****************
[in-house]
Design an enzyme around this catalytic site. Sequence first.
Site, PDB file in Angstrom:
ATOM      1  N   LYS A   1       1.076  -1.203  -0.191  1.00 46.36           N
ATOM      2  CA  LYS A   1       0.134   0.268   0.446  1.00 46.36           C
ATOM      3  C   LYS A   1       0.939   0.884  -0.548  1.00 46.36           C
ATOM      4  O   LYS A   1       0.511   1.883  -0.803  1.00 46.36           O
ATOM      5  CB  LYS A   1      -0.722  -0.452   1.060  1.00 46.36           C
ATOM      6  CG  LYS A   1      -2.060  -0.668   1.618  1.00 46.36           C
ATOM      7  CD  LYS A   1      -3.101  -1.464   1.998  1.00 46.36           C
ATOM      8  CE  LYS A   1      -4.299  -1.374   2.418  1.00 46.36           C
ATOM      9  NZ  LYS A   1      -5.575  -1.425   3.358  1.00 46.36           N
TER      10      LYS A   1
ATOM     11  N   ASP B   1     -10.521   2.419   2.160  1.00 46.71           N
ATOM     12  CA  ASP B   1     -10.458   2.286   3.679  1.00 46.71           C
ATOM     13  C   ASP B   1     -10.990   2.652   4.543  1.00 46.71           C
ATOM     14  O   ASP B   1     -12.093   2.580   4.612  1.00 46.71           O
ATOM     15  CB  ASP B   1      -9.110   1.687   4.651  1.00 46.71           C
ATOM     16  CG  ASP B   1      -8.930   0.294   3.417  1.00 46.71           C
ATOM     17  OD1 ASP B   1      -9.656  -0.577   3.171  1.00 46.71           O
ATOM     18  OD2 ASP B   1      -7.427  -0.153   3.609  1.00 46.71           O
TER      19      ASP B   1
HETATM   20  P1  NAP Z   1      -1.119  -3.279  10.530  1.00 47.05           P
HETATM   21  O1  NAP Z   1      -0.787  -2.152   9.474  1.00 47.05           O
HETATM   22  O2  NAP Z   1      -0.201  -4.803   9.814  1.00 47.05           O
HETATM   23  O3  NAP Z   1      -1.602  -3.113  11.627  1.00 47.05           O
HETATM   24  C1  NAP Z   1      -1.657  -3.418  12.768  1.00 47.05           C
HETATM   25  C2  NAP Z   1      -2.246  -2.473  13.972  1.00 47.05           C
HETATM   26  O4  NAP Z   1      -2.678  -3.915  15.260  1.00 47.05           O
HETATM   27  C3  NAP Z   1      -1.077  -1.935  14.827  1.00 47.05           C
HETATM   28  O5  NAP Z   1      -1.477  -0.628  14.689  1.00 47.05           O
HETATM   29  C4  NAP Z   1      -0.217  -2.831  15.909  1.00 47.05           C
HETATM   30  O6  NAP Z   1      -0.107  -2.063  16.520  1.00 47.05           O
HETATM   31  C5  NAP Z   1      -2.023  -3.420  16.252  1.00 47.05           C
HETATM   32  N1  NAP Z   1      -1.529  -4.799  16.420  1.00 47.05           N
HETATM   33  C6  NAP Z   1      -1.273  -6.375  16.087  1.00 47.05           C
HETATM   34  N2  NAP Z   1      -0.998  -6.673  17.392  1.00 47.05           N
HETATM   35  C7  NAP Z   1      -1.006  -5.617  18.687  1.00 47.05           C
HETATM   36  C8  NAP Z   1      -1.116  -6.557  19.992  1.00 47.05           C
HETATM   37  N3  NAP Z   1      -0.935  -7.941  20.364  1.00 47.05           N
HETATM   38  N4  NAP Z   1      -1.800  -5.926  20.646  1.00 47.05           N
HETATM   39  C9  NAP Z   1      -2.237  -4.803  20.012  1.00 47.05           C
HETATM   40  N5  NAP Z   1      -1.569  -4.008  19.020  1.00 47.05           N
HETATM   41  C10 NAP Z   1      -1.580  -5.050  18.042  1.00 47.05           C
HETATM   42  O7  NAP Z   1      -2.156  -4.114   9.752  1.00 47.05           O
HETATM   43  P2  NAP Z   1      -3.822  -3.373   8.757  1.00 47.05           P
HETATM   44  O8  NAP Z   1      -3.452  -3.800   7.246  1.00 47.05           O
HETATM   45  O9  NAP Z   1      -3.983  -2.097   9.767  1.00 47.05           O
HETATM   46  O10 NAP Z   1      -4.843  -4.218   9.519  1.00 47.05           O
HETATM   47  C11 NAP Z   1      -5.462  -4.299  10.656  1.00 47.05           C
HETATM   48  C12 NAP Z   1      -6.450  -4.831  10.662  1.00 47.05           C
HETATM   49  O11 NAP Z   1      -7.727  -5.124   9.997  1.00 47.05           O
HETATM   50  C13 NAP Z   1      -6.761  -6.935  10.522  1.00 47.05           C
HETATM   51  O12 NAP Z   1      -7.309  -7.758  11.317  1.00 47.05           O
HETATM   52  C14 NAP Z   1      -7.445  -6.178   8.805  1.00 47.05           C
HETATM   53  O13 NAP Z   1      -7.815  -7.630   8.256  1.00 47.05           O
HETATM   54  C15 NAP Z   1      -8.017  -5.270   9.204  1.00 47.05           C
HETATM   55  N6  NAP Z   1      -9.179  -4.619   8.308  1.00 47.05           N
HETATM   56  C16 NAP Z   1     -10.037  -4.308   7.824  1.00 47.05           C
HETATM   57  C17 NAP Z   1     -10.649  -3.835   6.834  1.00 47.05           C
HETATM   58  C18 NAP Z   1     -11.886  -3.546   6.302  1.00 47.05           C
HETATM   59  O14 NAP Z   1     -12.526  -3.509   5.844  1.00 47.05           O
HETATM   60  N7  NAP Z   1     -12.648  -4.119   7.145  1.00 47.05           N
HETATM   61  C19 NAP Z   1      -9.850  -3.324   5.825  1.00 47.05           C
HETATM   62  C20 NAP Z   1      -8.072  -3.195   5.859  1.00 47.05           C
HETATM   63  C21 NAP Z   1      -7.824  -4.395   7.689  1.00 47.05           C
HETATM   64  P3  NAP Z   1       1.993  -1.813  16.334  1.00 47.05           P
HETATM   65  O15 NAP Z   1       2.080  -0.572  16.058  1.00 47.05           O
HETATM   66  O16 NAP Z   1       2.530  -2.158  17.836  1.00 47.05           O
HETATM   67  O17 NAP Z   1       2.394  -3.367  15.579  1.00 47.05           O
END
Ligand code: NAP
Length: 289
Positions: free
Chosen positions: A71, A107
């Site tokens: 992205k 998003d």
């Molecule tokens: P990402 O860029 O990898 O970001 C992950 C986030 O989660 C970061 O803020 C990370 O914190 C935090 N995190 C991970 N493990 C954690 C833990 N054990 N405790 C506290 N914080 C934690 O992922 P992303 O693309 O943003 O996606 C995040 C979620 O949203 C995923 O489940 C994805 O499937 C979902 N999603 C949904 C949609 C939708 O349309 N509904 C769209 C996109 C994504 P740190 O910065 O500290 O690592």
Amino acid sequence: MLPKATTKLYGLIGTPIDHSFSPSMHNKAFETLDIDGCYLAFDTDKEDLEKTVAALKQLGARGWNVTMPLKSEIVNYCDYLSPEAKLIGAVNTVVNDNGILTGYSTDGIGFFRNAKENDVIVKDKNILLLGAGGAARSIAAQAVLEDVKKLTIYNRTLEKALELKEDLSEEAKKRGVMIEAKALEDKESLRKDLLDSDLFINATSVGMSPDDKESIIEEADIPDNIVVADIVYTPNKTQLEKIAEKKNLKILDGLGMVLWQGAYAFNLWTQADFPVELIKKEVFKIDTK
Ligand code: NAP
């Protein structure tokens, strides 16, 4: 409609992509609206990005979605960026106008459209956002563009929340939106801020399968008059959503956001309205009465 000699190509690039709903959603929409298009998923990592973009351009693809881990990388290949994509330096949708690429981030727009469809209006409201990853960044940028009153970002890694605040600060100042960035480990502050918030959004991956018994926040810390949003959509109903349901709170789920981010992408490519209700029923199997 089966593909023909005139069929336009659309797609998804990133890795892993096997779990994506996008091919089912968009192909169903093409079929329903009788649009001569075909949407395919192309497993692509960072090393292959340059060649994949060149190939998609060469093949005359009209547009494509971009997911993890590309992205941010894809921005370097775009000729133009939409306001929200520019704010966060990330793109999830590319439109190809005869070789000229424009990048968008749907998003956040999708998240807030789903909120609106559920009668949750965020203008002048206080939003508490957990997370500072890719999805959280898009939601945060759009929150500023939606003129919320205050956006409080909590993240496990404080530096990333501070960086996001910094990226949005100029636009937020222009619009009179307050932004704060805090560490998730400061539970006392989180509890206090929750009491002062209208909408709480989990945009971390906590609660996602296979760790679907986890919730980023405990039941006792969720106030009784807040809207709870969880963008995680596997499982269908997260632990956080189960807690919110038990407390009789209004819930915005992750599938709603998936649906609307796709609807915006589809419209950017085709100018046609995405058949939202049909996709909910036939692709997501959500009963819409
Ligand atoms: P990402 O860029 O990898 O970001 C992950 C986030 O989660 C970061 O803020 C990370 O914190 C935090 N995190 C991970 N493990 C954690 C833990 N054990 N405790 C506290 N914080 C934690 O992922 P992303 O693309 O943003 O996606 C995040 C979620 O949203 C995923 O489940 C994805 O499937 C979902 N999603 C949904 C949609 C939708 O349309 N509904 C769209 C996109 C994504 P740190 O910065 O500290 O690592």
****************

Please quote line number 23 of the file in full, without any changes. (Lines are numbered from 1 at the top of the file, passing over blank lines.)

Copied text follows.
HETATM   20  P1  NAP Z   1      -1.119  -3.279  10.530  1.00 47.05           P